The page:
The government that spent Sunday morning trying to figure out what to say on Twitter wouldn’t react any faster had the emergency been real
The good news is, you’re not dying, and neither is anyone else. (Unless you were already dying of something. In that case, the good news is that the rest of us aren’t stealing your moment.) But on Sunday morning, millions of Ontarians got a rude wake-up call that may have left them momentarily pondering their own mortality. An emergency alert message was blasted out across the province warning of an unspecified emergency at the Pickering nuclear power station in the eastern Greater Toronto Area. The alert said there had been no release of radioactivity and to stay tuned for more information. It was all the more frightening for its lack of detail.
The alert was an error. A false alarm. A mistake. It was also a hell of a way to start your Sunday morning
It’s too soon at time of writing to explain what led to this embarrassing and very serious error. Ontario Power Generation, which operates the plant, has said it will get to the bottom of it. Premier Doug Ford’s office has said the same. A lot of possible explanations have been floated: a minor equipment failure at the plant triggered an automatic alert despite not posing any real danger, a training exercise triggered a public alert that was intended to be simulated but not released. Who knows? It could be as simple and horrifying as the 2018 Hawaiian false alarm, when a civil defence employee warned the state’s population that a nuclear attack was in progress … apparently because he was kind of bonkers. Honest. They never came up with a better explanation than that.
But whatever the explanation ends up being, there’s two quick takeaways.
The first is obvious: the emergency alert system still needs work. Such a system is necessary. Essential, even. But Canada’s has been beset by problems. The project to create the current system ran many years late. Since being rolled out, it has encountered major technical issues getting the alerts out to the public, and has also been the target of much criticism for overly intrusive and disruptive alerts, including middle-of-the-night blasts for missing children to sleeping residents hundreds of kilometres away.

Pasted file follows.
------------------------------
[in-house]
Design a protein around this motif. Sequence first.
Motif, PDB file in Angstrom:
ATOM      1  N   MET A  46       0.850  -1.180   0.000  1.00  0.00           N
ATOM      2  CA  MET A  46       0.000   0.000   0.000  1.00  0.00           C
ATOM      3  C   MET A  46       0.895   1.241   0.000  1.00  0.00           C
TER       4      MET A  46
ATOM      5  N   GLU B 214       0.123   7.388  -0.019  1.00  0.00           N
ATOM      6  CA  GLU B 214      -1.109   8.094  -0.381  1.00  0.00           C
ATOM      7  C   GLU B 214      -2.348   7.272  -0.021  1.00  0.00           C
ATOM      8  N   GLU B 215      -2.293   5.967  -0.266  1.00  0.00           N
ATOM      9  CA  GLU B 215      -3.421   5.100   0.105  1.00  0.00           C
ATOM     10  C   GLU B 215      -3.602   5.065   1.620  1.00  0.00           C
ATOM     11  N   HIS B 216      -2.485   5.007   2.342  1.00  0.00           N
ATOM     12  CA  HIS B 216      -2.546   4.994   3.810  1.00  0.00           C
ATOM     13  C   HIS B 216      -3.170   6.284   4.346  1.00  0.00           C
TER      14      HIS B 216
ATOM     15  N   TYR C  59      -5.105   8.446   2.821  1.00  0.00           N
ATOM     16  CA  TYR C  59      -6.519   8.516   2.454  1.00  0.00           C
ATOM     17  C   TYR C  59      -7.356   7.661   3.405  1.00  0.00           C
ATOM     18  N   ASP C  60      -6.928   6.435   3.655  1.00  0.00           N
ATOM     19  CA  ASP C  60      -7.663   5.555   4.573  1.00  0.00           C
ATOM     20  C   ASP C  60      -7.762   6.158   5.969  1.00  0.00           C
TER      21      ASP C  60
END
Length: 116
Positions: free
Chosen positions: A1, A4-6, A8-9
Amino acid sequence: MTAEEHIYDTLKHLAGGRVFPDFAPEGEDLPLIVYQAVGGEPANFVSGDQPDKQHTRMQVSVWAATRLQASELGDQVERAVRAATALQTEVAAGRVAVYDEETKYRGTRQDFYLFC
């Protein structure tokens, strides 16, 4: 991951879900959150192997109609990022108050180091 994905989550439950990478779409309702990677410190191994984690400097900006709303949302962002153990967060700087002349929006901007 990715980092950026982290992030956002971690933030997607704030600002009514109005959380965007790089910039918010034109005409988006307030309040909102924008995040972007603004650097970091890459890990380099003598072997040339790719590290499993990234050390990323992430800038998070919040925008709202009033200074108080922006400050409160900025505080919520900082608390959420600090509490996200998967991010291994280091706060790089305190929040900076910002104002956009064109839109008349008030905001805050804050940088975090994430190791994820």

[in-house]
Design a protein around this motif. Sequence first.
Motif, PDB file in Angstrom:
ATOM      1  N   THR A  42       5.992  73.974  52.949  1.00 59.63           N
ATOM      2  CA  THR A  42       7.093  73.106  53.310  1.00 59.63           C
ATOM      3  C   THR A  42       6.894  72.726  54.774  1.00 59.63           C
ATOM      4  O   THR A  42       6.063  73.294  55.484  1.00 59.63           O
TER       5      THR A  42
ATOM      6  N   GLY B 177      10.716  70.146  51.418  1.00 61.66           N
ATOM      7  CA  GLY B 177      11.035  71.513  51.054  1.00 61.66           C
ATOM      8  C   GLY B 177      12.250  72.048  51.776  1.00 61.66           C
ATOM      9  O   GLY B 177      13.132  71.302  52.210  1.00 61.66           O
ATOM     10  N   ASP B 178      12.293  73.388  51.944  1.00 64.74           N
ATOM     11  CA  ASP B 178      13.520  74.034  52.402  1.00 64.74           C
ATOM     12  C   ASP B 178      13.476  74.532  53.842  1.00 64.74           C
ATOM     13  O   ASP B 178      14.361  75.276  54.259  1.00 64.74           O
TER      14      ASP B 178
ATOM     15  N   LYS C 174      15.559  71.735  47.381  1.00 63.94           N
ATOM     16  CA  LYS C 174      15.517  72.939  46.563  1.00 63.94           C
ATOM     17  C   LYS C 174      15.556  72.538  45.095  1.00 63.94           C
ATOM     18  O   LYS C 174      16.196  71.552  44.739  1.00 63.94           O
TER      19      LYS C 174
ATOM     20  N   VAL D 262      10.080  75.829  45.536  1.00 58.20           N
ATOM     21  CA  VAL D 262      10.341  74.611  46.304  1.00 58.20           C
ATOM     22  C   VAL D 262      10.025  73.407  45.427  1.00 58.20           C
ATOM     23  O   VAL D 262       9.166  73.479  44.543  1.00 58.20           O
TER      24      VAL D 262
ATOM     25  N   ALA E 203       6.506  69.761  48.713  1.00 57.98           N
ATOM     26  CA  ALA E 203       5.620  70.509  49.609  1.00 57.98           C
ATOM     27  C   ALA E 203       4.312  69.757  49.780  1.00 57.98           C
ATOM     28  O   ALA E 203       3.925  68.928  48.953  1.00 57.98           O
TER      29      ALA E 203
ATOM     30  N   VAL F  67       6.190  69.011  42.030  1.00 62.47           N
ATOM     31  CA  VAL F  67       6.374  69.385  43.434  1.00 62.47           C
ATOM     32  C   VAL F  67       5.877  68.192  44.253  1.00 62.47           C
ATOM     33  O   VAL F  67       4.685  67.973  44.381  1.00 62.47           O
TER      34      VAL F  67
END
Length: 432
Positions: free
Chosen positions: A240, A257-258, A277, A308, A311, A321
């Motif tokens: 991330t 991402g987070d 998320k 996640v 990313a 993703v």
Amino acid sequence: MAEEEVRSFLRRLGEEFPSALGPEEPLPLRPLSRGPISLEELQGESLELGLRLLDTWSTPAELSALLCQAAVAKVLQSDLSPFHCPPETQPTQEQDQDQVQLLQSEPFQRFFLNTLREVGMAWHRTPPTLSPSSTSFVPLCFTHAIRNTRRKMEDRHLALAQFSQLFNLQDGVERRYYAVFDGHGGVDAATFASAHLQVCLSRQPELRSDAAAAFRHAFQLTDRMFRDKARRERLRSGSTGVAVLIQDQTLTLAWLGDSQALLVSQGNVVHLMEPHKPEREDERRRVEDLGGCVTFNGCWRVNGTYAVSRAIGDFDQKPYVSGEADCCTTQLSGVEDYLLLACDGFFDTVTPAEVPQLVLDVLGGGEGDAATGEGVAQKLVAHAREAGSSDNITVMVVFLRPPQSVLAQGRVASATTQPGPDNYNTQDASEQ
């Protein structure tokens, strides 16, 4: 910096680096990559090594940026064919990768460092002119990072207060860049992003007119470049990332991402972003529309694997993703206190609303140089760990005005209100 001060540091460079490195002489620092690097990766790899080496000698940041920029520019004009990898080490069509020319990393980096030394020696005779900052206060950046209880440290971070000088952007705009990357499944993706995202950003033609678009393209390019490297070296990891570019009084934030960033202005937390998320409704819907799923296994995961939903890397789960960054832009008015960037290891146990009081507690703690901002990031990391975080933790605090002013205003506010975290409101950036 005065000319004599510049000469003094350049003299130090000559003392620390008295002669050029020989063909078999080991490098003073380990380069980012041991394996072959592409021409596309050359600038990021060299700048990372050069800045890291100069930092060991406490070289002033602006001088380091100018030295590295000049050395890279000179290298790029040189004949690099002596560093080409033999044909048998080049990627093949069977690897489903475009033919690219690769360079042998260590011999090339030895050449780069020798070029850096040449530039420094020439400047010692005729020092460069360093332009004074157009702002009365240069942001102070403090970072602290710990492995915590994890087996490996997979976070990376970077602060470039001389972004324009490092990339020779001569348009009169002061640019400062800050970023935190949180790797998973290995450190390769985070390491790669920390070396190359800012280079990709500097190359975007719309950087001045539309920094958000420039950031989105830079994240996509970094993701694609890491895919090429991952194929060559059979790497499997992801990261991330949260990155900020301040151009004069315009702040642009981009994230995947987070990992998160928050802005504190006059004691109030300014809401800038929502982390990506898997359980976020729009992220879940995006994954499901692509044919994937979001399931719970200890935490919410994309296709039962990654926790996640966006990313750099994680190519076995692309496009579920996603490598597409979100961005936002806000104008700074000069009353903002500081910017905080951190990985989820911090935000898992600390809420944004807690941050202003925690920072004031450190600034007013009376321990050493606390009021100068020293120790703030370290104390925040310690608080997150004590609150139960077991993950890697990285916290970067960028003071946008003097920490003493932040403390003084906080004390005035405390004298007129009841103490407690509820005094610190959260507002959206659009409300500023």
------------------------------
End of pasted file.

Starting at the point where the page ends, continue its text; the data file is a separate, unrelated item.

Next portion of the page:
Much of this criticism is unfair and inappropriate. But not all. The fact that it took the alert system over an hour to issue an all-clear alert after Ontario Power Generation had already announced it was a false alarm speaks to the obvious problems remaining with the system.
The second takeaway is for the public, not our government agencies. In a crisis, you’ll be on your own, at least at first. The government that spent Sunday morning trying to figure out what to say on Twitter wouldn’t react any faster had the emergency been real. It’s incumbent on all of us to take modest and reasonable steps to see to the safety of ourselves and our families. This doesn’t mean digging a fallout shelter under your backyard (though for a few minutes this morning I admit I wished I’d taken the time to do exactly that). But if you don’t have an emergency kit to last your household 72 hours, if you don’t have a battery or crank-powered radio, if you don’t have a family plan, if you haven’t taken the time to familiarize yourself with the threats you could reasonably face in your area — how many of you this morning had the slightest clue what an emergency at a nuclear plant would mean or what you should do? — now would be a good time to fix that.
The failure, on Sunday, was the fault of the government (in some form or another) or the staff at the alerting agency. In a real emergency, if you weren’t prepared and informed, well, that failure would be on you. The false alarm was a surprise test. How would you have done?